Anaphylactic reactions are caused by the immune system gone wild. The body over reacts causing a chain reaction that can produce itchy hives or fluid filled vesicles on the skin, a feeling of warmth, a lump in your throat or swollen tongue or throat which can cause wheezing and trouble breathing, a weak and rapid pulse, and low blood pressure causing dizziness or fainting. At its worst, it can cause people to stop breathing or have their heart stop. Those most at risk of developing anaphylaxis include those with a history of anaphylaxis, even if it was just hives before with no breathing trouble, and those with asthma or allergies.
Avoiding getting stung or being in situations where a sting is more likely is the best scenario. If you know you are going to be in a high risk area and you cannot avoid it, some people will premedicate with an antihistamine first. Oral antihistamines can be helpful but take a good 30-60 minutes to start working so they aren’t great to take alone if you are having anaphylaxis. The best thing to do is get a prescription from your doctor and carry two epinephrine autoinjectors with you whenever you will be exposed to your specific allergen and make sure that those around you or your loved ones like your children’s caregivers know how to recognize the signs and symptoms and that they can help inject the drug if need be. Sometimes signs and symptoms can come in within a few minutes of the sting and can spiral out of control fast so having others to help if needed is important. Call 911 as soon as possible so if the epinephrine injection doesn’t work well enough, help is already on the way. Even if the epinephrine does work well, the effects may wear off before the allergens are cleared from your body and you could get a reactivation. Epinephrine is the manufactured form of adrenaline, so it could cause your heart rate to race or other side effects. So again, call 911 right away whether it works or not. Paramedics and emergency department personnel have intravenous drugs and the ability to keep you breathing so the sooner they come, the better. If you witness someone in anaphylaxis who stops breathing or whose heart has stopped, you need to perform CPR right away.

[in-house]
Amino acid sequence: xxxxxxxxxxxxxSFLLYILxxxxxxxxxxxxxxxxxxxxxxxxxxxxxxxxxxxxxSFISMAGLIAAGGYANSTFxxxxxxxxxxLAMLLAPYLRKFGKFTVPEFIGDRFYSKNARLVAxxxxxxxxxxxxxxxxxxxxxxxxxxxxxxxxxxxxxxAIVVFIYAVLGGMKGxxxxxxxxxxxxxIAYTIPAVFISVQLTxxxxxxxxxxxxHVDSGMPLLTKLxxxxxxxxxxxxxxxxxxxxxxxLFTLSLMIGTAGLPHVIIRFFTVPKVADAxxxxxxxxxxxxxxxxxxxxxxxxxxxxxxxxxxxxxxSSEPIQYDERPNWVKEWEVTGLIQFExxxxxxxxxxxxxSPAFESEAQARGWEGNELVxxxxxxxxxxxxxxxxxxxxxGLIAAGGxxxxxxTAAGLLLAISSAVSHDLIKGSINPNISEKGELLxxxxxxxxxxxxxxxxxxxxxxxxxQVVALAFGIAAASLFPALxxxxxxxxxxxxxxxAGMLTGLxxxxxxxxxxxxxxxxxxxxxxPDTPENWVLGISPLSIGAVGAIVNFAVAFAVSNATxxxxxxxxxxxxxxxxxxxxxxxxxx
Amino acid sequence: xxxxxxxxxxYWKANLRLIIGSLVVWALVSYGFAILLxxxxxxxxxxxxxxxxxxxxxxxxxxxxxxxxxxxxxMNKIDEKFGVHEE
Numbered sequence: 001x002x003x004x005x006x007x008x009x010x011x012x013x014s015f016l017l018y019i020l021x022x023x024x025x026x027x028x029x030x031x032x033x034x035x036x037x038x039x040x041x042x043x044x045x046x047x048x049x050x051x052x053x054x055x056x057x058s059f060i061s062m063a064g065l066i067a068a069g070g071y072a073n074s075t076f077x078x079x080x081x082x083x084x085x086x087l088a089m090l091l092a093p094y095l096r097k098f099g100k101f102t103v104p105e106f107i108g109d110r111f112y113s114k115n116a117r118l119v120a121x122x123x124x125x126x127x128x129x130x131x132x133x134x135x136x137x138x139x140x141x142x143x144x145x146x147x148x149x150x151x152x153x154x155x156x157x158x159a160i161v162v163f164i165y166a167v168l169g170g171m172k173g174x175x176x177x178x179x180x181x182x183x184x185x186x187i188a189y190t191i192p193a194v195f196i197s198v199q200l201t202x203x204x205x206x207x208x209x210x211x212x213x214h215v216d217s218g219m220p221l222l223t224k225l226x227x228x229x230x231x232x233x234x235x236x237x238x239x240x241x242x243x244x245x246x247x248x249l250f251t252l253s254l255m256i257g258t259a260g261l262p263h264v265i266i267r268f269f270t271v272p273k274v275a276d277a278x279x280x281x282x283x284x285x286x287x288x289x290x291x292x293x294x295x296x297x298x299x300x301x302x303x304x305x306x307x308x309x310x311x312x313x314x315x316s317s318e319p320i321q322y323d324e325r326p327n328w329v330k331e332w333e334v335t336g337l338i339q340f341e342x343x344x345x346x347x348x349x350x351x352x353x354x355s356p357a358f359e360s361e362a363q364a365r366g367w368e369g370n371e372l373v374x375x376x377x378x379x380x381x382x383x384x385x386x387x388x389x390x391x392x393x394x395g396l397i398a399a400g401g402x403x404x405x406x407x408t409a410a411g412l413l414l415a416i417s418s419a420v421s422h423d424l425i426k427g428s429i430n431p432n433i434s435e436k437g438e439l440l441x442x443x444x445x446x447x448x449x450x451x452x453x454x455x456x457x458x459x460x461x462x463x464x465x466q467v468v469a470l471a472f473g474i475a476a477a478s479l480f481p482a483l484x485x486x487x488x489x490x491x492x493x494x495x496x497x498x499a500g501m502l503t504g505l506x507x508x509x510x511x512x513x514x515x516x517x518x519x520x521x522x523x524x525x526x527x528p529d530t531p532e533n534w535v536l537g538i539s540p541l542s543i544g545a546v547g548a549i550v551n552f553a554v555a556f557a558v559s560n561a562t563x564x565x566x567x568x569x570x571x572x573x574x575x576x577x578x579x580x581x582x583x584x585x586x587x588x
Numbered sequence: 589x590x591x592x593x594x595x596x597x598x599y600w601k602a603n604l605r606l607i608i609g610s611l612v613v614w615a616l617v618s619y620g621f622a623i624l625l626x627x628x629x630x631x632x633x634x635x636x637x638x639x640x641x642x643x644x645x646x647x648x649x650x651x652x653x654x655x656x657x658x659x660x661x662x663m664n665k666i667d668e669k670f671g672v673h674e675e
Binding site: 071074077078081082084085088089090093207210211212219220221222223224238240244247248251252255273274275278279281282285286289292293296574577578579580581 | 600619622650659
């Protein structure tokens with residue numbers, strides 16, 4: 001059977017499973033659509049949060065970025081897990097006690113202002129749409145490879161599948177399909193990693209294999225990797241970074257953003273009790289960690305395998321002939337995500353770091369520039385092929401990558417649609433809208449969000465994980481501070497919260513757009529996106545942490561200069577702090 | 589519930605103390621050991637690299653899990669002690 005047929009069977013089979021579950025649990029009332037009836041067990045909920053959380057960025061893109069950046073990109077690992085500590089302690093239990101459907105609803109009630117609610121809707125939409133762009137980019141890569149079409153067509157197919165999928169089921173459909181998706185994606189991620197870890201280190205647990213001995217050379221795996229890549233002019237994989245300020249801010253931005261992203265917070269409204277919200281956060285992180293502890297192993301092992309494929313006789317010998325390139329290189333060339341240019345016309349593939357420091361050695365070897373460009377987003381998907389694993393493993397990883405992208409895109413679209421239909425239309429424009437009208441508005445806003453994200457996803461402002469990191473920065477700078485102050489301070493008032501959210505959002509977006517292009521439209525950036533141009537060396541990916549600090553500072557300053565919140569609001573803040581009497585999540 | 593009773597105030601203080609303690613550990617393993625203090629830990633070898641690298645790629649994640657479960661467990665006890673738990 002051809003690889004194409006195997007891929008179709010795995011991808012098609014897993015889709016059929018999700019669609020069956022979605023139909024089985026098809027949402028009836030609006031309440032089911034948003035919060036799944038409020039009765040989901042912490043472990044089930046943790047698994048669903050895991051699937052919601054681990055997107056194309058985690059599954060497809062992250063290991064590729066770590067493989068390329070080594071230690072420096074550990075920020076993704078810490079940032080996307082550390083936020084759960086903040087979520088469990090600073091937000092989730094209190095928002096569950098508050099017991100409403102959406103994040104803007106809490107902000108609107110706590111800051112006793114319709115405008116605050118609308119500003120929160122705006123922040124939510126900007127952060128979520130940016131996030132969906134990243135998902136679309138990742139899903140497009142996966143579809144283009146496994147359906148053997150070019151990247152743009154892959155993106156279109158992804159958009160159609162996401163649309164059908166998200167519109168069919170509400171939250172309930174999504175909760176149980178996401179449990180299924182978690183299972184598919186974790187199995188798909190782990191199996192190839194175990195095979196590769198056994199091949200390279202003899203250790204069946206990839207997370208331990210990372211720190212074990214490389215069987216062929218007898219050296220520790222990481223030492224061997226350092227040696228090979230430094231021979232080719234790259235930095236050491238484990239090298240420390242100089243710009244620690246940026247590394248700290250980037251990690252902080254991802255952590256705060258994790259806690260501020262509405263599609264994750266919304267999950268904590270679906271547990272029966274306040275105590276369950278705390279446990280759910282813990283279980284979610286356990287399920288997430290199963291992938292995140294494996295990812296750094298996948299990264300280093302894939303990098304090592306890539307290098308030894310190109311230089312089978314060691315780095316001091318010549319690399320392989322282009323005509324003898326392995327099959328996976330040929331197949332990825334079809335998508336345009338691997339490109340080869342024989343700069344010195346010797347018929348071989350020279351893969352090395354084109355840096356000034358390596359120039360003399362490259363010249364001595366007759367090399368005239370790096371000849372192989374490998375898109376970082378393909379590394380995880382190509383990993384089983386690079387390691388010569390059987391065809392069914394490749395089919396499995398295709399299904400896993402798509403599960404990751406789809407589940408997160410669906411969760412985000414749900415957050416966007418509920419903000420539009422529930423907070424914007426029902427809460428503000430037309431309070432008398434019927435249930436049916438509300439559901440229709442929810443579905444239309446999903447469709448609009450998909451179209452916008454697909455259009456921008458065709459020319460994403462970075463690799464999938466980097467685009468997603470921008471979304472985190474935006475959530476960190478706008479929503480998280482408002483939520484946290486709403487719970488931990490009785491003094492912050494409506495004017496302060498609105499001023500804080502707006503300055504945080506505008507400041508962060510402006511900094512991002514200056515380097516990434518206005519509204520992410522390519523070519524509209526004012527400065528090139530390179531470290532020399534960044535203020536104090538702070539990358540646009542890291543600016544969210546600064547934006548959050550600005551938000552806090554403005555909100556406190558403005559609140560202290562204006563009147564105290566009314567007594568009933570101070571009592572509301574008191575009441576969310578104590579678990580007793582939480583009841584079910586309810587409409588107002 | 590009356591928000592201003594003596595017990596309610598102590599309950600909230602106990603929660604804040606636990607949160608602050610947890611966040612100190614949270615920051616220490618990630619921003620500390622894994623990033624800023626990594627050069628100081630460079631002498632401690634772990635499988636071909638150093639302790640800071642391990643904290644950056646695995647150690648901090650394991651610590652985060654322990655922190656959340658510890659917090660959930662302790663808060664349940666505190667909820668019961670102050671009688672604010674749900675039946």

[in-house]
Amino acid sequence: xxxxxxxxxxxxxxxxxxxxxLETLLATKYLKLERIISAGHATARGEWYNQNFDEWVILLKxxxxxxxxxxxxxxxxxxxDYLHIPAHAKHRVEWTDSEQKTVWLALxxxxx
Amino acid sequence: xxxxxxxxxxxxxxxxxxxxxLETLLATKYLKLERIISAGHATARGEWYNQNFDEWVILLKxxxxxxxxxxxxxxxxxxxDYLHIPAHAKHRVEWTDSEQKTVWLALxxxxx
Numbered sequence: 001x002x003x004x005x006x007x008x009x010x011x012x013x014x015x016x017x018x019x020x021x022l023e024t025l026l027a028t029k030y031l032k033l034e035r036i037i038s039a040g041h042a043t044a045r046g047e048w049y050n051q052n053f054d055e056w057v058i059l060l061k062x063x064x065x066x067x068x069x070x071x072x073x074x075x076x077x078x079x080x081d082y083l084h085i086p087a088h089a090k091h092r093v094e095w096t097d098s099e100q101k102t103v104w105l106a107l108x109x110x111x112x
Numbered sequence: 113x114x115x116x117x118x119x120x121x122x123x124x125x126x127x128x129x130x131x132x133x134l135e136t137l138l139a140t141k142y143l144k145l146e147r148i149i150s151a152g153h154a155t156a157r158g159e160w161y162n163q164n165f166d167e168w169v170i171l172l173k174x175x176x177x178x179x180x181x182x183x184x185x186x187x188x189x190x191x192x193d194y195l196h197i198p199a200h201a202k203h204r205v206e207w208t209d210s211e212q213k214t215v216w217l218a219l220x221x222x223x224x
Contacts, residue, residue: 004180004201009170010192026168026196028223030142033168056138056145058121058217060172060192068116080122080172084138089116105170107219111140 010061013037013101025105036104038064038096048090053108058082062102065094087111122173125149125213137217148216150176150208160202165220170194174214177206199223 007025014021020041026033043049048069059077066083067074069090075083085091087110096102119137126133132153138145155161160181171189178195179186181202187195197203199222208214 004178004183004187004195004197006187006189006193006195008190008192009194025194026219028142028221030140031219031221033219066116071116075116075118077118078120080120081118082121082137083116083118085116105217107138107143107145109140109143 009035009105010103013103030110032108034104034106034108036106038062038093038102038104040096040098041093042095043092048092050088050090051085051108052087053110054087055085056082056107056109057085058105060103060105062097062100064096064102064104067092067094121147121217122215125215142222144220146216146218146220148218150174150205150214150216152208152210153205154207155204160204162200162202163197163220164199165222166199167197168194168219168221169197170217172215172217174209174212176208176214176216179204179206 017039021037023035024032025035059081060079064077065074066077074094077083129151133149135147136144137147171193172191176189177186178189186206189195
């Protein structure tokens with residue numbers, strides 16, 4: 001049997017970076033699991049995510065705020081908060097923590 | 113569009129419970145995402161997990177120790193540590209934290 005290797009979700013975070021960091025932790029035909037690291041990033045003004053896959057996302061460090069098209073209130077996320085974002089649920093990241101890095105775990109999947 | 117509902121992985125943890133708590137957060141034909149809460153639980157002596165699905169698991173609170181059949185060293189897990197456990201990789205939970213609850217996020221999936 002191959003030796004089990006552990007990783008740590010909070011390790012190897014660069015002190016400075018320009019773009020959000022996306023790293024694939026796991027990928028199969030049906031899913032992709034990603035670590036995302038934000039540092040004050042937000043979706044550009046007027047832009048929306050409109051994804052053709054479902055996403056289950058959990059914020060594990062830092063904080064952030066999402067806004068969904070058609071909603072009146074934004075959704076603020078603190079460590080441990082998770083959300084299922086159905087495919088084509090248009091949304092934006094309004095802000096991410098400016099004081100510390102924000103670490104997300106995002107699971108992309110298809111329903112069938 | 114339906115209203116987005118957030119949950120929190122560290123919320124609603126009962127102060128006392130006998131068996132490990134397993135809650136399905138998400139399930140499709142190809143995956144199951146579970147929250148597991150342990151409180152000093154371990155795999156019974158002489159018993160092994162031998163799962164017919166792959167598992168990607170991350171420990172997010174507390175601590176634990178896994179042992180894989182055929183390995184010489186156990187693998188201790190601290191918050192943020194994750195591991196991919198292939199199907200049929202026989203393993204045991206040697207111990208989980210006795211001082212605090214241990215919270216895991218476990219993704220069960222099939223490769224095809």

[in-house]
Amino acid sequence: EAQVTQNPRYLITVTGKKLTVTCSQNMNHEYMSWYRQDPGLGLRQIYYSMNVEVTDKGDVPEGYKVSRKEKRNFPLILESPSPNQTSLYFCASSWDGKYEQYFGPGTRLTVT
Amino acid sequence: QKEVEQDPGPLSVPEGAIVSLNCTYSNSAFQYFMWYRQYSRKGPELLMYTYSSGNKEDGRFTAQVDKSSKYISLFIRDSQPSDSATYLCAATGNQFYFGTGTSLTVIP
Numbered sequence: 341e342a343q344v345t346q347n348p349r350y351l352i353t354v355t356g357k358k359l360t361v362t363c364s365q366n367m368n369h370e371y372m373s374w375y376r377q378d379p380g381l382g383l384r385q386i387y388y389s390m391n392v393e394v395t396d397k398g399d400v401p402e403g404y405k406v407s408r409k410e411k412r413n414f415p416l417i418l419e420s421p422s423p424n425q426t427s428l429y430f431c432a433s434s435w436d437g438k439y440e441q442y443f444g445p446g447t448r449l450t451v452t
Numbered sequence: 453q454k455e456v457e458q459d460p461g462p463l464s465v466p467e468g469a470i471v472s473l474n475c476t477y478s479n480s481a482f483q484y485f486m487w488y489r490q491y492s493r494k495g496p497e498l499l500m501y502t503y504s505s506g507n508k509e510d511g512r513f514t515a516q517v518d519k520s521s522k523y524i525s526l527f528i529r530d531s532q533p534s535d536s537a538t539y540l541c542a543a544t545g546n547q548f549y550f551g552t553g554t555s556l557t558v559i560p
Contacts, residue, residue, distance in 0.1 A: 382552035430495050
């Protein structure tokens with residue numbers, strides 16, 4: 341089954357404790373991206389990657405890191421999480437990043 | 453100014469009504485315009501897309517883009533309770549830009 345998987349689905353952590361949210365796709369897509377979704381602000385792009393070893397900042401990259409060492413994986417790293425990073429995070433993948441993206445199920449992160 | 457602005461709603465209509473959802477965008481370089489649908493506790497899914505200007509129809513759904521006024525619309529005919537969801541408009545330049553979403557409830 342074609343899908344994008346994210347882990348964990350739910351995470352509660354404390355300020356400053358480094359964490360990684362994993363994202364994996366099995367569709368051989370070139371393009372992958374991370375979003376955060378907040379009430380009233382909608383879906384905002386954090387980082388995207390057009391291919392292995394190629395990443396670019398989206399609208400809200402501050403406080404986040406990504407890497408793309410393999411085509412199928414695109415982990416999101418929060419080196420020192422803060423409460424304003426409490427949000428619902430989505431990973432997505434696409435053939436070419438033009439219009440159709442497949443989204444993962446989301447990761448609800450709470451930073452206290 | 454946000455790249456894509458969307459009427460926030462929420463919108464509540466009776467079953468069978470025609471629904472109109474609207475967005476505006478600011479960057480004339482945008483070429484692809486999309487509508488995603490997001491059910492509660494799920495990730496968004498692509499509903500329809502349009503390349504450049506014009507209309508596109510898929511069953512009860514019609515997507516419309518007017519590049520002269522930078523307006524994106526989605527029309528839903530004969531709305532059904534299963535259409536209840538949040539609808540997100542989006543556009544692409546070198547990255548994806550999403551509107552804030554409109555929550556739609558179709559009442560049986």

The standard Epipen has a large needle connected to a prefilled syringe but the needle is not exposed. You take the epipen out of the package, pull the cap off the back and make a fist around the pen with the one hand and place your other hand on the top of the autoinjector. You then push the orange membrane into the side of your thigh muscle where the force of the placement moves the needle out and into your skin and it can go right through your clothes. Once the needle is inserted, the drug will automatically start to come out and will come out for ten seconds so hold it there. Rub the skin afterwards to help it get absorbed. For children or those who don’t think they can inject themselves, they actually have a brand new talking autoinjector called Auvi-Q. This autoinjector talks to you when you take off the cap and tells you to place it on the side of your thigh and then after five seconds, autoinserts the needle and autoinjects the drug into the body. Regardless of the injector, to minimize the chances that you get the drug into the blood stream, you inject it into the side of the thigh.